On nodes and modes in resting state fMRI.
Bottom Line: We first demonstrate that the eigenmodes of functional connectivity--or covariance among regions or nodes--are the same as the eigenmodes of the underlying effective connectivity, provided we limit ourselves to symmetrical connections.Crucially, the principal modes of functional connectivity correspond to the dynamically unstable modes of effective connectivity that decay slowly and show long term memory.In this model, effective connectivity is parameterised in terms of eigenmodes and their Lyapunov exponents--that can also be interpreted as locations in a multidimensional scaling space.
Affiliation: The Wellcome Trust Centre for Neuroimaging, University College London, Queen Square, London WC1N 3BG, UK. Electronic address: firstname.lastname@example.org.Show MeSH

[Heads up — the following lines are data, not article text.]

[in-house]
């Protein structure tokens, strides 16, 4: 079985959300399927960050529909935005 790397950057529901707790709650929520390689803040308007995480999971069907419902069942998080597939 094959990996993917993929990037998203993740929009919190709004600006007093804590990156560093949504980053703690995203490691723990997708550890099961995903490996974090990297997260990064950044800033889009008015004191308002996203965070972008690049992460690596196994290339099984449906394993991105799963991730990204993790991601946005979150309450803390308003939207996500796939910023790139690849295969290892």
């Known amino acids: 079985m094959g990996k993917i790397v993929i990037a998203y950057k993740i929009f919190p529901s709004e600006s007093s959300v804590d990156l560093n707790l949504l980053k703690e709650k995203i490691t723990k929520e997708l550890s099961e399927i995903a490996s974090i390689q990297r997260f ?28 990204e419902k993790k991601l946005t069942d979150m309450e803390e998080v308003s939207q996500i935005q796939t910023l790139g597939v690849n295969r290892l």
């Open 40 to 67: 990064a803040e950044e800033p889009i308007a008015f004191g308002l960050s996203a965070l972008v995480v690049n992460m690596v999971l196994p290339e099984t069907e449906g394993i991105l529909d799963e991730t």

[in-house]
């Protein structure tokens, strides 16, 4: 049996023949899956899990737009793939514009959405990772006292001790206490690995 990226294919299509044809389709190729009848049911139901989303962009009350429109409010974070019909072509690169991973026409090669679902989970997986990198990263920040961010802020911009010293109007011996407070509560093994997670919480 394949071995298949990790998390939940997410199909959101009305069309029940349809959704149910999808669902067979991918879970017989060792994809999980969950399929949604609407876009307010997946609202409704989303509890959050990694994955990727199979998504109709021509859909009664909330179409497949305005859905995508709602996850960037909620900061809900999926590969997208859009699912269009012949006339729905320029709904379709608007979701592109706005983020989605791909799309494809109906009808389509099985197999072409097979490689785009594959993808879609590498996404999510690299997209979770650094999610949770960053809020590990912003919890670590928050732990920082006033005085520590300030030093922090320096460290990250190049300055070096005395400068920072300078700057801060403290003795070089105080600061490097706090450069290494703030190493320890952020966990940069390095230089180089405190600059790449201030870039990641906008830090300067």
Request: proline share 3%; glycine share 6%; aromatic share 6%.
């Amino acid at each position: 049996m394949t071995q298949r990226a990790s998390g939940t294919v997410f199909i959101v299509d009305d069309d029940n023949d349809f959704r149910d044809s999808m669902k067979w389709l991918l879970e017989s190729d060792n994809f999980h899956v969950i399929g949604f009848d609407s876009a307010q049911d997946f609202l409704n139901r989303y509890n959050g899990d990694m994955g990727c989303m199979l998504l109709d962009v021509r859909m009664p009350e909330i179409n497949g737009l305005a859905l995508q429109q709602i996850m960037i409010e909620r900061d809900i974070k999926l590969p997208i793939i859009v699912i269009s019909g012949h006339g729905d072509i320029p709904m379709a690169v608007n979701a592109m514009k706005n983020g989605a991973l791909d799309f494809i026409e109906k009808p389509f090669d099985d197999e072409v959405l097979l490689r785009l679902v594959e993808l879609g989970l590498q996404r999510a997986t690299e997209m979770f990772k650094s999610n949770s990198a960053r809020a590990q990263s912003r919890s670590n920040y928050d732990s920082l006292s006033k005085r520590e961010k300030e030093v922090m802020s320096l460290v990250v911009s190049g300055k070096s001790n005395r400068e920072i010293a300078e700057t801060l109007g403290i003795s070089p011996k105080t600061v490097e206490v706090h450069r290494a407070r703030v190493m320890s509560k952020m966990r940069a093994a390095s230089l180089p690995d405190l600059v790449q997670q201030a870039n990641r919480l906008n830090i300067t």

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Mentions: In fact, power law scaling over ranges of frequencies emerges with the superposition of a relatively small number of modes that can be sampled from a finite interval (see also Watanabe (2005)). Fig. 1 shows an example where the time constants were restricted to the range and the integrals above were evaluated numerically. We are not supposing that fMRI signals necessarily show a classical power law scaling behaviour — the aim of this analysis is to show that power law scaling, indicative of nonequilibrium steady-state fluctuations, can be explained by a spectrum of Lyapunov exponents in which there are a small number of exponents that approach zero from below and a large number of large negative exponents λi ≈ − 1/ε, characterising modes of activity that dissipate quickly.
Affiliation: The Wellcome Trust Centre for Neuroimaging, University College London, Queen Square, London WC1N 3BG, UK. Electronic address: email@example.com.